Team: Obstetrical, perinatal and pediatric epidemiology research (EPOPE)

Website: www.epopé

Keywords: iron deficiency, iron deficiency anemia, CARMA studies

Iron deficiency (ID) is the most frequent micronutrient deficiency and ID anemia (IDA) the most frequent red blood cells disease in children in industrialized countries. ID prevalence before the age of 3 years is estimated around 5 to 20% (1, 2). ID is associated with important neurological lesions in juvenile animal models (3) and with neurological consequences (reduced cognitive, motor, and behavioral capacity) in the short, intermediate, and long-term in observational studies and randomized trials in children (1, 4). Its main risk factors are low perinatal iron stocks but mainly an imbalance between iron requirements and dietary intake, due, for example, to dietary diversification that is delayed or inappropriate because iron-poor. Its main risk marker is low parental socioeconomic status. In theory, ID and IDA in children are easily accessible to simple primary prevention activities via dietary modification.


Main issues about ID in children concern the population level: the efficiency of prevention and screening strategies of ID, its prevalence (especially in Europe), and the specific contribution of risk factors. The performances of classical vs more recently proposed biological diagnosis criteria of ID are also controversial.

Learned societies and public health authorities identified ID in children as a health issue long ago. Nonetheless, current prevention strategies vary widely. In France, the National Nutrition Health Plan and the Nutrition Committee of the French Pediatrics Society have chosen a strategy based on toddler milk formula (enriched in iron), which they firmly recommend to the age of 3 years, at the same time as they recognize the low level of evidence supporting this recommendation (5). Other European positions (those of the European Food Safety Authority -EFSA- (6) and the European Society for Paediatric Gastroenterology, Hepatology and Nutrition -ESPGHAN- (7)) and the one of the American Academy of Pediatrics (AAP) are much more circumspect and insist on the multiple potential of dietary sources of iron (1).

American guidelines also suggest routine screening for children ‘‘at risk’’ and enumerate clinical criteria that should be used to evaluate risk: ‘‘low socio-economic status, an history of prematurity or low birth weight, exposure to lead, exclusive breastfeeding beyond 4 months of age without supplemental iron, weaning to whole milk or complementary foods that do not include iron-fortified cereals or foods naturally rich in iron, and poor growth’’(1). Unfortunately, the AAP recommendations fail to indicate the number of criteria that should entail screening, respective weights of these criteria, and/or how they can be combined in practice. No other validated tool for measuring the risk of ID in children is proposed. Thus primary care clinicians cannot rely on a simple tool helping daily decision to prescribe blood tests for toddlers suspected to be at risk of ID.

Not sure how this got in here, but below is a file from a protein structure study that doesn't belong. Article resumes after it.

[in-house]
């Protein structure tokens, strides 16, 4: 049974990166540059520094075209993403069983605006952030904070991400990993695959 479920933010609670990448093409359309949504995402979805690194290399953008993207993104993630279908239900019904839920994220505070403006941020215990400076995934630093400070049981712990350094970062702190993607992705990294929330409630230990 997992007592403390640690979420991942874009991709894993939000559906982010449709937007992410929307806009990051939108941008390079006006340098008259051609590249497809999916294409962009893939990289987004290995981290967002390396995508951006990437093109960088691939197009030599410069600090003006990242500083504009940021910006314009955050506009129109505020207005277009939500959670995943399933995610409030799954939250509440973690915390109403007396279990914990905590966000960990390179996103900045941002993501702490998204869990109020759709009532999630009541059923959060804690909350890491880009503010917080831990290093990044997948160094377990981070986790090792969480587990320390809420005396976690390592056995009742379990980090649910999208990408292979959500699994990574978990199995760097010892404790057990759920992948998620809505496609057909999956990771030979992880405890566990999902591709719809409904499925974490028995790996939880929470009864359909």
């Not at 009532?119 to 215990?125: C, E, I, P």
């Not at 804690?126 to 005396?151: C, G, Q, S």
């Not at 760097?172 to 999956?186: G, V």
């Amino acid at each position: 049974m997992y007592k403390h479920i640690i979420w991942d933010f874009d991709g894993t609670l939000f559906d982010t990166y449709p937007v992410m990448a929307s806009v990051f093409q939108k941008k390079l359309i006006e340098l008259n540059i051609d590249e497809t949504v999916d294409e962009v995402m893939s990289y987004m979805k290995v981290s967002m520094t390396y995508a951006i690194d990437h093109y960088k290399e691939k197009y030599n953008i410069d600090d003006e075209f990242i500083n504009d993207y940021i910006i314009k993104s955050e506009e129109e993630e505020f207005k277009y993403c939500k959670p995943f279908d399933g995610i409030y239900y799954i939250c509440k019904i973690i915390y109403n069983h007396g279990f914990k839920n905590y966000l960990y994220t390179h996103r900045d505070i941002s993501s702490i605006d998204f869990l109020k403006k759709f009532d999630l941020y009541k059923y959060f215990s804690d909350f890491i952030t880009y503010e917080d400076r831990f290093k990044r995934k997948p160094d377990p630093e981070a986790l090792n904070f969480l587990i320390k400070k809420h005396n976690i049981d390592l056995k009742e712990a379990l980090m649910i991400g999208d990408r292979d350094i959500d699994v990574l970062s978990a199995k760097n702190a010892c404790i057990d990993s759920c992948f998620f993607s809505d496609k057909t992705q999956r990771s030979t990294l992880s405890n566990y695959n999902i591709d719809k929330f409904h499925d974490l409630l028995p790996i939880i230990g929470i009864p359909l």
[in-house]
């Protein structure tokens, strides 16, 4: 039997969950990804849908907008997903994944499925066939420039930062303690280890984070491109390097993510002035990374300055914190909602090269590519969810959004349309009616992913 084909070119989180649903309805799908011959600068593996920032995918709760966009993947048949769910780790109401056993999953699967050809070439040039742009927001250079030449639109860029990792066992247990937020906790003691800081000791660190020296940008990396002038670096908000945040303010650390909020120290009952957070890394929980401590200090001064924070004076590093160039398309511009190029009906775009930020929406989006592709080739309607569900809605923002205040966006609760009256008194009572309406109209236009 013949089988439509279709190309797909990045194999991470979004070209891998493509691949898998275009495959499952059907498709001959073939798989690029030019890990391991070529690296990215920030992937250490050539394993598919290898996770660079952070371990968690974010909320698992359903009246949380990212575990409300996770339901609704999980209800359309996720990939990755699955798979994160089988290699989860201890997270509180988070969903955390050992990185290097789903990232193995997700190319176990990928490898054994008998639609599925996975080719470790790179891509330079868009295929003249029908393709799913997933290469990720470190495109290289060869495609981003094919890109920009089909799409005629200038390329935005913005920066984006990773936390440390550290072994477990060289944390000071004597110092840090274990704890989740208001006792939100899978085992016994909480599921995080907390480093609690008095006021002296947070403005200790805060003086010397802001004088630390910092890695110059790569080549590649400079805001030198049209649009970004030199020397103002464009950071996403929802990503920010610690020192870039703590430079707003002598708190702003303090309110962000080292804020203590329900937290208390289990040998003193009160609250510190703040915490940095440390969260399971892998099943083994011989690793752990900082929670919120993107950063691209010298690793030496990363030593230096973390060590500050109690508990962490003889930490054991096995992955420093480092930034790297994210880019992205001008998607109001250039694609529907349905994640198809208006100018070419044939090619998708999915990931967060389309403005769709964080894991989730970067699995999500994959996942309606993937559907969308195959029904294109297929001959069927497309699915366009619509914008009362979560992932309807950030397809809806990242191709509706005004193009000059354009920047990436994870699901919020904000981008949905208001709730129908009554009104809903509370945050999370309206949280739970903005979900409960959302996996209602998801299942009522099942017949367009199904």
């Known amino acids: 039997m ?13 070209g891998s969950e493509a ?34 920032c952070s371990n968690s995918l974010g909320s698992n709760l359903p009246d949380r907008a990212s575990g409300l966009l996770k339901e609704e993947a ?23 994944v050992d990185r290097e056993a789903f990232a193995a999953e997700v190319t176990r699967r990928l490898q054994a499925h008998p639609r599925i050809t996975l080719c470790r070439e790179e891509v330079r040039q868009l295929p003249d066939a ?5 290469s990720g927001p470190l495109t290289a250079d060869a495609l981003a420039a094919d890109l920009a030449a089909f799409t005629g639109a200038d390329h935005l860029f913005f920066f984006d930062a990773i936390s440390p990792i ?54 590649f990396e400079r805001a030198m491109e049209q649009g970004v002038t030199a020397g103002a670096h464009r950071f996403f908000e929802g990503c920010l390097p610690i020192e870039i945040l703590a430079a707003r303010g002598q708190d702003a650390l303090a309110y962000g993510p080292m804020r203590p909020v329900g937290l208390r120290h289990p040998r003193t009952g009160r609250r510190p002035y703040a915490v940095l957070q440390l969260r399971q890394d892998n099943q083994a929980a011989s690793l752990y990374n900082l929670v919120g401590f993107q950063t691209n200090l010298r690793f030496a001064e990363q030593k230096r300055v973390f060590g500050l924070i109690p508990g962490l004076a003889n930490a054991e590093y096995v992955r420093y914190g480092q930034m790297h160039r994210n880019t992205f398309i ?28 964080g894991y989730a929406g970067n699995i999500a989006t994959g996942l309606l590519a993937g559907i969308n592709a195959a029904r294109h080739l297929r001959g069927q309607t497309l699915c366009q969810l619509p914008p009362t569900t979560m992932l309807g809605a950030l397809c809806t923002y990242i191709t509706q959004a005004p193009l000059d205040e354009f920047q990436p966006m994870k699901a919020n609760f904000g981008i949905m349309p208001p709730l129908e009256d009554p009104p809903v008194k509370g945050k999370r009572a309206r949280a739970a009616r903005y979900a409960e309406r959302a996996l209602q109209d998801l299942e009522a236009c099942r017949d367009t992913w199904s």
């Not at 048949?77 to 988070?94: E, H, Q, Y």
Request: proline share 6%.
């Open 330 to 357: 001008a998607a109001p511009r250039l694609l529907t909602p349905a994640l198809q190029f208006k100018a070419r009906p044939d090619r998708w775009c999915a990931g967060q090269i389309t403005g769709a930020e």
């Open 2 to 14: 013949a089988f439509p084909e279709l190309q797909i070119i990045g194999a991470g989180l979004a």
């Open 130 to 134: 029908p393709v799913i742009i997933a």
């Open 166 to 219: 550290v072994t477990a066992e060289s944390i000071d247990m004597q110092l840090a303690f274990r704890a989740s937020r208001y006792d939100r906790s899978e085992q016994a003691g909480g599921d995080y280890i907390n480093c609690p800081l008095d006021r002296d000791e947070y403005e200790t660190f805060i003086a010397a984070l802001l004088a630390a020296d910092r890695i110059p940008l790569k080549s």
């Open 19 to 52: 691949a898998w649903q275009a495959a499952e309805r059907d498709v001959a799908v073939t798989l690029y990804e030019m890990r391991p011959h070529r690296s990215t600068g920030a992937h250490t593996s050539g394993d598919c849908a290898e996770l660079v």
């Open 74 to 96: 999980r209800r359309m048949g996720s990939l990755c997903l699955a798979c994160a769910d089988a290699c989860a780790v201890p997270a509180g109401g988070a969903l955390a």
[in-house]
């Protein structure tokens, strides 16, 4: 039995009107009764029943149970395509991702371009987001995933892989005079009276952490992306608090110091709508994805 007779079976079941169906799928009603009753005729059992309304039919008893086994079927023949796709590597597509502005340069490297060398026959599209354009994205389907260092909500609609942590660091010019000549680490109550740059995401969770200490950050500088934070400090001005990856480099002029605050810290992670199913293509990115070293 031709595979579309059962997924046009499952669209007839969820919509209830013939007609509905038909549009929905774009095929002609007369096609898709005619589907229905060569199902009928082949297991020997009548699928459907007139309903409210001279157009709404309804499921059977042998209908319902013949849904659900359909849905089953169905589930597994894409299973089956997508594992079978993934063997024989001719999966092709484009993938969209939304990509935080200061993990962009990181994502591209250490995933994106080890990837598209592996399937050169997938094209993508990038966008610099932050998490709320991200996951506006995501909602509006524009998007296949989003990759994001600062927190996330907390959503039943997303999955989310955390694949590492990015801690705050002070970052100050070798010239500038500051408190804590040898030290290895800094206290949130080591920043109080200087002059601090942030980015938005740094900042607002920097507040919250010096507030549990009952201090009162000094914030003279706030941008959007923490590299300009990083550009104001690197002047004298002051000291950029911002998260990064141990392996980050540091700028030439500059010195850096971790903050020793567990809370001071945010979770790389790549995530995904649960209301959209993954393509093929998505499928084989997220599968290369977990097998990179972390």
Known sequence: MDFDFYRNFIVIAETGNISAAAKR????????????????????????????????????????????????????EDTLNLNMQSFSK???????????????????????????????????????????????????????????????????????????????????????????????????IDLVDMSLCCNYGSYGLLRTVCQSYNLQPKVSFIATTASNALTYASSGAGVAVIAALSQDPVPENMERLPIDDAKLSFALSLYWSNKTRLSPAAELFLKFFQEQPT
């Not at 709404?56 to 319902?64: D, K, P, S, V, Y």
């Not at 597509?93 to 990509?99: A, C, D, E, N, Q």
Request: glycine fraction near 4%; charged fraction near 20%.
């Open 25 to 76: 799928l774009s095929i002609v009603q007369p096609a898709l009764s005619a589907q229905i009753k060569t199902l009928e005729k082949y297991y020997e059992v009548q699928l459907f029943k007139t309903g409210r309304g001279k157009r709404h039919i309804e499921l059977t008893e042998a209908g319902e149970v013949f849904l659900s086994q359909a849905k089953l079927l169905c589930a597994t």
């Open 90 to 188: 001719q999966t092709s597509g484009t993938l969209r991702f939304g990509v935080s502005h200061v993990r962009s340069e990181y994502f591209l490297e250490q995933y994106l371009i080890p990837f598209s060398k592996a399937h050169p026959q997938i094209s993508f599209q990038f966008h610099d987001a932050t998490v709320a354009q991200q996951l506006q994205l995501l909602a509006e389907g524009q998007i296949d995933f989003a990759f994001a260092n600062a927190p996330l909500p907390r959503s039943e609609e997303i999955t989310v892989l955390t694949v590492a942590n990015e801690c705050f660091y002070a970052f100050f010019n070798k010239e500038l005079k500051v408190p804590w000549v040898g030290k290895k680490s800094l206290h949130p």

Furthermore, the prevalence of ID and IDA in European children is extrapolated from old studies, with small numbers of subjects, or strong recruitment biases, or both (8). Studies of the risk factors for ID have not been accompanied by food intake surveys and thus do not allow an analysis of the independent protective role of the various source of iron including toddler milk formula and non-dairy iron intake. At last, the determinants of parental and medical behavior have never been studied, especially in relation to the use and prescription of toddler milk formula.

The conclusion that our knowledge on ID and IDA in children is very limited in relation to the health issues have also been made by the ESPGHAN which has set as priority research: the performance of population-based studies of the prevalence of ID and IDA in children in Europe, the study of the relation between dietary sources of iron and health status, as well as studies of the role of new biomarkers (hepcidin…) for routine assessment of iron status (7). ESPGHAN has also stressed the need to understand the obstacles to implementation of the dietary guidelines among the most disadvantaged populations.


The goal of this project is to study the prevalence and main determinants of ID and IDA in France in 2-year-old children and to improve knowledge and strategies for prevention and screening. The specific objectives are:

1. To estimate the prevalence of ID and IDA in 2-year-old children living in France.

2. To study the nutritional determinants of ID in these children. In particular, to analyze the relationship between ID and consumption of toddler milk formula and non-dairy iron intake.

3. To study the determinants of parental and medical behaviors inappropriate for the primary prevention of ID: determinants of the prescription of toddler milk formula by physicians, determinants of the use of toddler milk formula and other dietary sources of iron for the parents (especially those associated with their socio-cultural background and knowledge), and obstacles to their use.

4. To improve clinical screening strategies. In particular, to test the ability of primary-care physicians to define a child’s risk level for ID based on the simple collection of the risk factors proposed by the AAP. To

derive and to perform the internal validation of a new clinical prediction tool to assist in the decision about prescribing a laboratory screening test.

5. To study the usefulness of non-routine iron status markers (hepcidin, erythrocyte protoporphyrin and reticulocyte hemoglobin content) for the diagnosis of ID.